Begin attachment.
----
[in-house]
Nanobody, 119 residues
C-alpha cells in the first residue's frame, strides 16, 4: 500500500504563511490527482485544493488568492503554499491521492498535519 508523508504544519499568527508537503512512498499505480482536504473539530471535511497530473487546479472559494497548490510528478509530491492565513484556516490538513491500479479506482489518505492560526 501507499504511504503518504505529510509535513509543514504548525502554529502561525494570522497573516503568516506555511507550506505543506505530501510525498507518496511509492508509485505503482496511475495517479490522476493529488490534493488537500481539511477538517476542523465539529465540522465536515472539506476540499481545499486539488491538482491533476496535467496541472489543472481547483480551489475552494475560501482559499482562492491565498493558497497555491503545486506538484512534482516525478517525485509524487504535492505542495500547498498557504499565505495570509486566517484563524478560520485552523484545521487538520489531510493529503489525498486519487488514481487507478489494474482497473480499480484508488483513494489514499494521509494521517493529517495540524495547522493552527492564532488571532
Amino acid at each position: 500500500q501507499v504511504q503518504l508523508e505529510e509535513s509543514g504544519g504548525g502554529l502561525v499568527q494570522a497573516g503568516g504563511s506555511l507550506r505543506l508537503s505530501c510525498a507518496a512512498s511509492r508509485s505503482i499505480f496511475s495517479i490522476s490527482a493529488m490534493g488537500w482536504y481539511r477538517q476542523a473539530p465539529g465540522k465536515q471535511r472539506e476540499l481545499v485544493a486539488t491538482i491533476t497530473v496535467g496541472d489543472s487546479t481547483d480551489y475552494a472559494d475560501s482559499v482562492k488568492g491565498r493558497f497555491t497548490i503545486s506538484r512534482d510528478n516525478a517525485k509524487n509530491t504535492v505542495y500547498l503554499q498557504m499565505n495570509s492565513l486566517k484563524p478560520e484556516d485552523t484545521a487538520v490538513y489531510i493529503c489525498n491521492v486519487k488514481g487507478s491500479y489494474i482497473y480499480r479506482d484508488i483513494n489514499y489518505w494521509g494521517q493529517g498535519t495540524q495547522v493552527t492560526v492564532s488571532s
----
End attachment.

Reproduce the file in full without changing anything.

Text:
[in-house]
Nanobody, 119 residues
C-alpha cells in the first residue's frame, strides 16, 4: 500500500504563511490527482485544493488568492503554499491521492498535519 508523508504544519499568527508537503512512498499505480482536504473539530471535511497530473487546479472559494497548490510528478509530491492565513484556516490538513491500479479506482489518505492560526 501507499504511504503518504505529510509535513509543514504548525502554529502561525494570522497573516503568516506555511507550506505543506505530501510525498507518496511509492508509485505503482496511475495517479490522476493529488490534493488537500481539511477538517476542523465539529465540522465536515472539506476540499481545499486539488491538482491533476496535467496541472489543472481547483480551489475552494475560501482559499482562492491565498493558497497555491503545486506538484512534482516525478517525485509524487504535492505542495500547498498557504499565505495570509486566517484563524478560520485552523484545521487538520489531510493529503489525498486519487488514481487507478489494474482497473480499480484508488483513494489514499494521509494521517493529517495540524495547522493552527492564532488571532
Amino acid at each position: 500500500q501507499v504511504q503518504l508523508e505529510e509535513s509543514g504544519g504548525g502554529l502561525v499568527q494570522a497573516g503568516g504563511s506555511l507550506r505543506l508537503s505530501c510525498a507518496a512512498s511509492r508509485s505503482i499505480f496511475s495517479i490522476s490527482a493529488m490534493g488537500w482536504y481539511r477538517q476542523a473539530p465539529g465540522k465536515q471535511r472539506e476540499l481545499v485544493a486539488t491538482i491533476t497530473v496535467g496541472d489543472s487546479t481547483d480551489y475552494a472559494d475560501s482559499v482562492k488568492g491565498r493558497f497555491t497548490i503545486s506538484r512534482d510528478n516525478a517525485k509524487n509530491t504535492v505542495y500547498l503554499q498557504m499565505n495570509s492565513l486566517k484563524p478560520e484556516d485552523t484545521a487538520v490538513y489531510i493529503c489525498n491521492v486519487k488514481g487507478s491500479y489494474i482497473y480499480r479506482d484508488i483513494n489514499y489518505w494521509g494521517q493529517g498535519t495540524q495547522v493552527t492560526v492564532s488571532s